The larger question, however, is whether cable-operators, ISPs and popular file-sharing websites can be equated to the fly-by-night vendors at Joel’s concert. In my opinion, there is simply no comparison.
Pavan Duggal" height="83" alt="Pavan Duggal" hspace="5" width="68" align="left" src="/newsimgfiles/2012/may/29052012/053012_02.jpg" />Pavan Duggal
“Some portions of the websites – which violate the intellectual property rights of relevant stakeholders – could be banned. However, this is the best that the government can do”
In today’s context and given the nature of the internet’s architecture, it is impossible for any country to completely, absolutely and unconditionally ban a website. The internet has made geography a thing of the past and because of this it is impossible for any government to ban a website for an indefinite period. Banning is an antiquated phenomenon and has no relevance in today’s times. However, sometimes it may come to the notice of a country’s government that certain websites and file-sharing sites are infringing copyrights and other intellectual property rights of different stakeholders by continuing to host, transmit and display pirated copies of literary, artistic, cinematographic and dramatic works of original copyright holders. In such a situation, it cannot be asserted that governments are powerless and that they should not take any action.
In India, we have a strong intellectual property rights legal regime that includes the Indian Copyright Act, 1957; the Trademark Act, 1999; and the Patent Act. As such, it is but natural to expect that the Indian government would want to block at least those portions of the electronic content hosted on such sites that violate the intellectual property rights of legitimate holders. In such a case, some portions of the websites – which violate the intellectual property rights of relevant stakeholders – could be banned. However, this is the best that the government can do. It has to appreciate the fact that imposing a ban brings unnecessary media exposure and unwarranted internet traffic to the banned website. Moreover, given the internet’s inherent design, it is always possible for users to access the banned content indirectly on other websites.
Governments across the world have to realise that the internet is a free paradigm and its inherent nature does not permit absolute control. File-sharing websites, to the extent that they use legitimate non-infringing content, can help boost creativity and enhance the market for entertainment. There is a need to come up with a proactive approach that takes care of the various requirements of all stakeholders. Therefore, we need an approach that not only protects the internet as a legitimate platform for spreading information and entertainment, but also protects the intellectual property rights of various stakeholders.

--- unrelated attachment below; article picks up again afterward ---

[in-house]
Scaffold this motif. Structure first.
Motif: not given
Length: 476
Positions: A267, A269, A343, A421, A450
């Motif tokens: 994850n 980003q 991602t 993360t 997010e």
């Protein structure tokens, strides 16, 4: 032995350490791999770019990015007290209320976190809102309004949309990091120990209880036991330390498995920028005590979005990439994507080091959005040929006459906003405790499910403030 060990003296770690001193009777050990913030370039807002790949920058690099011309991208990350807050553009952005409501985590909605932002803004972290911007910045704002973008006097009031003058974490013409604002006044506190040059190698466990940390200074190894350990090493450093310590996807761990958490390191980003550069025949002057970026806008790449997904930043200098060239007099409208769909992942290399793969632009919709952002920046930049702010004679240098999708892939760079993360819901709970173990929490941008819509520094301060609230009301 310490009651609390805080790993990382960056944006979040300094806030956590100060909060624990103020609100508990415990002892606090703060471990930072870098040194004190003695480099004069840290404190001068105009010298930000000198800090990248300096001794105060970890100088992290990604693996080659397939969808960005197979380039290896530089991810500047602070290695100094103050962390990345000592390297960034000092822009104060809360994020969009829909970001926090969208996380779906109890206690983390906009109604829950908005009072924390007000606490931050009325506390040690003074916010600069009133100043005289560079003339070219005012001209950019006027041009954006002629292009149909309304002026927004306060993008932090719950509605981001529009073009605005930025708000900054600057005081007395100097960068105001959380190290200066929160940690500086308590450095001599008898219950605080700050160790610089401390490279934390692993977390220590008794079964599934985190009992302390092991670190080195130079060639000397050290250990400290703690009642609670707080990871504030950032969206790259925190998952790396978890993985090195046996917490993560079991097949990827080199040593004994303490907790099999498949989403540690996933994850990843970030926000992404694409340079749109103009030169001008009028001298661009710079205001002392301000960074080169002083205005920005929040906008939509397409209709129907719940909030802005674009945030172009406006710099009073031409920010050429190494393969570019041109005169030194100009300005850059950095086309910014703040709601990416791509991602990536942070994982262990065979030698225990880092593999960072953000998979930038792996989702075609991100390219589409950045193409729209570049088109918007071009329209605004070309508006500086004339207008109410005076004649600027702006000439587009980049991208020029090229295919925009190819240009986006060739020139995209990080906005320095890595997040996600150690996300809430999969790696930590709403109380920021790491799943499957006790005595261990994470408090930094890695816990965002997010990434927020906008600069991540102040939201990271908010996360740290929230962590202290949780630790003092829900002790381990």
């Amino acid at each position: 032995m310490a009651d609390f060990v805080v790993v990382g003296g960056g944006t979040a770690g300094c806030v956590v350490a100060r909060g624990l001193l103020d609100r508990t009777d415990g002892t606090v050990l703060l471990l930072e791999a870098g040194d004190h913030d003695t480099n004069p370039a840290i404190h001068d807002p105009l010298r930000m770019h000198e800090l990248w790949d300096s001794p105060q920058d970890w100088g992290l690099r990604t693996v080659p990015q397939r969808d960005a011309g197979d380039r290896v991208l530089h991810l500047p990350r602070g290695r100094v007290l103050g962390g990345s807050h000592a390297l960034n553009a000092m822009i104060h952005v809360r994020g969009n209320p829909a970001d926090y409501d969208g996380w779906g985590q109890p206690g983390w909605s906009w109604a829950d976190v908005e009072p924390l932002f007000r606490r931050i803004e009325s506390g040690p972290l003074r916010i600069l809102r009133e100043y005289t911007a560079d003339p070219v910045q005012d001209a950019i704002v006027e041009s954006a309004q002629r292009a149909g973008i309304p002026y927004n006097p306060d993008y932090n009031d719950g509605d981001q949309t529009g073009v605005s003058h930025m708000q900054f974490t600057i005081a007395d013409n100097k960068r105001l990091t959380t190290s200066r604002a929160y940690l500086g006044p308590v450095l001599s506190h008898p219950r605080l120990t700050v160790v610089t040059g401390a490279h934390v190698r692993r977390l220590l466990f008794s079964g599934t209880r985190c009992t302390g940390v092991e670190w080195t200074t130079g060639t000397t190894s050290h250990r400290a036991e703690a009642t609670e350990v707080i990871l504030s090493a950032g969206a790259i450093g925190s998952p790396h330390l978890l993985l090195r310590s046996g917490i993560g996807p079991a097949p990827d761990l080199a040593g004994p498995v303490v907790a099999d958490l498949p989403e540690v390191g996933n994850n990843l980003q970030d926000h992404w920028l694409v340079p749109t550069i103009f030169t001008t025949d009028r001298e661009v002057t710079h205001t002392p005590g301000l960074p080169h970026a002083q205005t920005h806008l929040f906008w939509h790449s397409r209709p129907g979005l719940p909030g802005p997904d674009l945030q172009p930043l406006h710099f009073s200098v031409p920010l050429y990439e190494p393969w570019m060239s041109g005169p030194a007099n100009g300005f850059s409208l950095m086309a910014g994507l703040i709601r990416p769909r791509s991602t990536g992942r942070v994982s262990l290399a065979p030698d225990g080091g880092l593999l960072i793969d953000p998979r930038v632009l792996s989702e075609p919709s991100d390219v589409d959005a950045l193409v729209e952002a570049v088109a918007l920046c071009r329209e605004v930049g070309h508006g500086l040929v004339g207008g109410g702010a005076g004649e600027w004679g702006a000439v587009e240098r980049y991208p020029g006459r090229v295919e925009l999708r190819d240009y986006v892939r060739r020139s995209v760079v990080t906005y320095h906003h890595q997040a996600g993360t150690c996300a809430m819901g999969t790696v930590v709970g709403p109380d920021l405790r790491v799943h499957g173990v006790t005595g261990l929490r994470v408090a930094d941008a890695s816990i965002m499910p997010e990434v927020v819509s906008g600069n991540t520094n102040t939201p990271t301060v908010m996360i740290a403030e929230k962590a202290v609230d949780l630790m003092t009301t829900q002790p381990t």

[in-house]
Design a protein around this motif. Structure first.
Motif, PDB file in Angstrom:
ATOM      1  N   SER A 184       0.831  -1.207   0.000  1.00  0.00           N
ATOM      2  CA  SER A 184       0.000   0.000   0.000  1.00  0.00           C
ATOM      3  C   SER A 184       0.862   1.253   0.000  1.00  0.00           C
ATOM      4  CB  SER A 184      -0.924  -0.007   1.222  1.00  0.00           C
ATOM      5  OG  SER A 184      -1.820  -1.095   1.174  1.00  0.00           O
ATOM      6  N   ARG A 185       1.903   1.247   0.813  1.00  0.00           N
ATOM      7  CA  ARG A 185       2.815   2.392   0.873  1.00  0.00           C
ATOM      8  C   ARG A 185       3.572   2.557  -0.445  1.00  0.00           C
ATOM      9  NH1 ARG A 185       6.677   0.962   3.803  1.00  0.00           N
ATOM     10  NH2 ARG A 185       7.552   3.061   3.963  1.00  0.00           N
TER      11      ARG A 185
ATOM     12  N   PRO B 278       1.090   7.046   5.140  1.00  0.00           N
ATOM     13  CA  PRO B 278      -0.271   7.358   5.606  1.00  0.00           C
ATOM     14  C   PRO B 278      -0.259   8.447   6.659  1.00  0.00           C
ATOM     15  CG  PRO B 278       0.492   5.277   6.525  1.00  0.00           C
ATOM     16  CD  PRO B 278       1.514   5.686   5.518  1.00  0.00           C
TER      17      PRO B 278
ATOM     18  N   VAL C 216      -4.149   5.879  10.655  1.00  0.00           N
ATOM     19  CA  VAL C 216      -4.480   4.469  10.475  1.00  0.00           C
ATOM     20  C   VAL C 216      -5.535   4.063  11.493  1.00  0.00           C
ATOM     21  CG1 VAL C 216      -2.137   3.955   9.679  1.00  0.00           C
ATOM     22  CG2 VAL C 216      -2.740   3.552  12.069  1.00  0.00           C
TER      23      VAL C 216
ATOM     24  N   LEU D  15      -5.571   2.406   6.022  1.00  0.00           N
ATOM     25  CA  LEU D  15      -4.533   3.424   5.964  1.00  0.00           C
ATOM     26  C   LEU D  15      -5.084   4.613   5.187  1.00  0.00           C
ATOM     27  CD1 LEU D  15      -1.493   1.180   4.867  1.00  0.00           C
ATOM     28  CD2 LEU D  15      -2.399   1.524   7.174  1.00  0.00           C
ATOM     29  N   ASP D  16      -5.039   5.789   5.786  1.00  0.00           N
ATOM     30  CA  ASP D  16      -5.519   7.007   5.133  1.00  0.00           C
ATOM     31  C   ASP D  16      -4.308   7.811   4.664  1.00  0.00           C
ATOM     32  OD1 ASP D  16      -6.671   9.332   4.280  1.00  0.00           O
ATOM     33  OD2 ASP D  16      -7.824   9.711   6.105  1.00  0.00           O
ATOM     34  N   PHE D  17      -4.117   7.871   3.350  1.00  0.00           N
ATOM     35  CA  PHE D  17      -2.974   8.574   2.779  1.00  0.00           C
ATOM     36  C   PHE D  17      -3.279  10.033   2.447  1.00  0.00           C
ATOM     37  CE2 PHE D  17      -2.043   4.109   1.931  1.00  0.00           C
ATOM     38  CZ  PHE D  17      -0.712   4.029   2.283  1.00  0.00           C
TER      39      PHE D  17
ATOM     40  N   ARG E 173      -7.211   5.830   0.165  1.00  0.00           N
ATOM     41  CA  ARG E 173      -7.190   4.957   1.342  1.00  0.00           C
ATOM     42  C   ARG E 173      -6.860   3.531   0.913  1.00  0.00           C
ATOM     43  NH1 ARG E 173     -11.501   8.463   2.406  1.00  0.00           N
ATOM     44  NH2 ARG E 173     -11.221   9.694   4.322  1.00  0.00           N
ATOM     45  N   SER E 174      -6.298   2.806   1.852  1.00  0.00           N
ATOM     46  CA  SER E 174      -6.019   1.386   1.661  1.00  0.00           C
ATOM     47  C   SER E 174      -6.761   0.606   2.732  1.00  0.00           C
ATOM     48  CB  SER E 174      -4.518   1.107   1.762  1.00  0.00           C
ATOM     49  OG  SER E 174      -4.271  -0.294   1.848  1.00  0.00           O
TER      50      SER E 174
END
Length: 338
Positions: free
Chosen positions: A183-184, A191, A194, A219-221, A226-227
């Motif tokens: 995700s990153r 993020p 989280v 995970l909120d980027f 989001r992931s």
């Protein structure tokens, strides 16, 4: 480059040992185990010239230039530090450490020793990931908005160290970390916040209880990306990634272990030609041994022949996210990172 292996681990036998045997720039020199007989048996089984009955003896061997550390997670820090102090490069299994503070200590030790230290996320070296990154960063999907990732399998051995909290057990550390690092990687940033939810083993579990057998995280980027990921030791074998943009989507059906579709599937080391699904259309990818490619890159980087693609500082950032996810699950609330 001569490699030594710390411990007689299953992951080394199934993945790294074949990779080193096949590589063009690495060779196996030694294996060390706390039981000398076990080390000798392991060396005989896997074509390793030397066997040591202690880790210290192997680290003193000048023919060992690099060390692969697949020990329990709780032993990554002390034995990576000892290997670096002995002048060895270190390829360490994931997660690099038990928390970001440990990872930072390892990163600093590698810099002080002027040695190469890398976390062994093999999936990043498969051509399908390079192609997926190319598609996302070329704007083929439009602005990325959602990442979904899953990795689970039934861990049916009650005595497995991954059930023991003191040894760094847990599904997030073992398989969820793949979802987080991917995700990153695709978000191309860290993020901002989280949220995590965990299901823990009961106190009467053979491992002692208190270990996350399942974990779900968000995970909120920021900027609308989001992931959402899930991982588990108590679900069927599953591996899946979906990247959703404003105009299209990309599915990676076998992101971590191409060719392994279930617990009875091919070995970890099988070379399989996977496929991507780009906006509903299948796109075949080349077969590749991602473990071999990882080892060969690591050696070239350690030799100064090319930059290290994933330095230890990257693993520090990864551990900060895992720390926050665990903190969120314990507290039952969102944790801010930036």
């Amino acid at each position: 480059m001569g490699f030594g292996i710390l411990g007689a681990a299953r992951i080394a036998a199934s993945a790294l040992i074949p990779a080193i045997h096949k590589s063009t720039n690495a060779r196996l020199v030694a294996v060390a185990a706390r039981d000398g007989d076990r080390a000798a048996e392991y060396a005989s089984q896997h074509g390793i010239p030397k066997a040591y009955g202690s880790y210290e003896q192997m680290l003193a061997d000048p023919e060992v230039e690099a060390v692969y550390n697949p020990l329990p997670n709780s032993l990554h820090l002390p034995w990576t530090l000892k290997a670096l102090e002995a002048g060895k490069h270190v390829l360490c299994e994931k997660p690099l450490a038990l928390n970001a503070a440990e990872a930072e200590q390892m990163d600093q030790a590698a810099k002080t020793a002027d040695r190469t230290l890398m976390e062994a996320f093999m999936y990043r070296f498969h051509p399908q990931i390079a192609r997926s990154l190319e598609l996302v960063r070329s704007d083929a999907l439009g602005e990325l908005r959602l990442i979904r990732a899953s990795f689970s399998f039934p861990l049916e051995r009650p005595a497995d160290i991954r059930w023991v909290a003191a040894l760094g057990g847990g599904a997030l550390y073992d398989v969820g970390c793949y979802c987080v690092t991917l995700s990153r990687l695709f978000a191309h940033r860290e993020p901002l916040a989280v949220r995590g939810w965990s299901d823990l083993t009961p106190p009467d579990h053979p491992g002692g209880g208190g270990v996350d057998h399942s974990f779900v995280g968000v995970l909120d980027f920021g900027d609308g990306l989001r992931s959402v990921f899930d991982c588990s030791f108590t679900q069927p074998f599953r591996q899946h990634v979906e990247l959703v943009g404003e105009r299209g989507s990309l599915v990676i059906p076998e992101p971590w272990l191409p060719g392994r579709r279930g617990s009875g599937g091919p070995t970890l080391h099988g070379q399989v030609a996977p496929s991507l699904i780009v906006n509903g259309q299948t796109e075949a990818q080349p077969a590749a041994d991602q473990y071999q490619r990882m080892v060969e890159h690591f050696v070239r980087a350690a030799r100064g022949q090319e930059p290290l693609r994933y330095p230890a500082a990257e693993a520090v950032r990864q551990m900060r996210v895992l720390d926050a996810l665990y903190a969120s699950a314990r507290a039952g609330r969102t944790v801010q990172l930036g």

Moreover, the government must also understand that though it has mandated all internet service providers, or ISPs, to block any electronic content on various grounds, ISPs are still not deploying the various technological means and methodologies so as to block only the relevant content directed and not the website. Consequently, we find that on various occasions, ISPs have been blocking the entire website, when the court or the government in question has only ordered the blocking of specific content on specific websites.
With the Indian Copyright (Amendment) Bill, 2010, now being passed by both the Houses of Parliament, the Copyright Act would, hopefully, be strengthened so as to be extremely relevant and topical in the context of the electronic ecosystem. However, we need more innovative and holistic approaches to deal with piracy on the internet. Blocking a website is a redundant exercise that has outlived its utility, given the internet’s ubiquitous nature. Governments across the world have to look at more pragmatic ways of dealing with copyright infringements and piracy on such websites, while ensuring that at no time should the access to legitimate content be blocked.
* Also advocate in the Supreme Court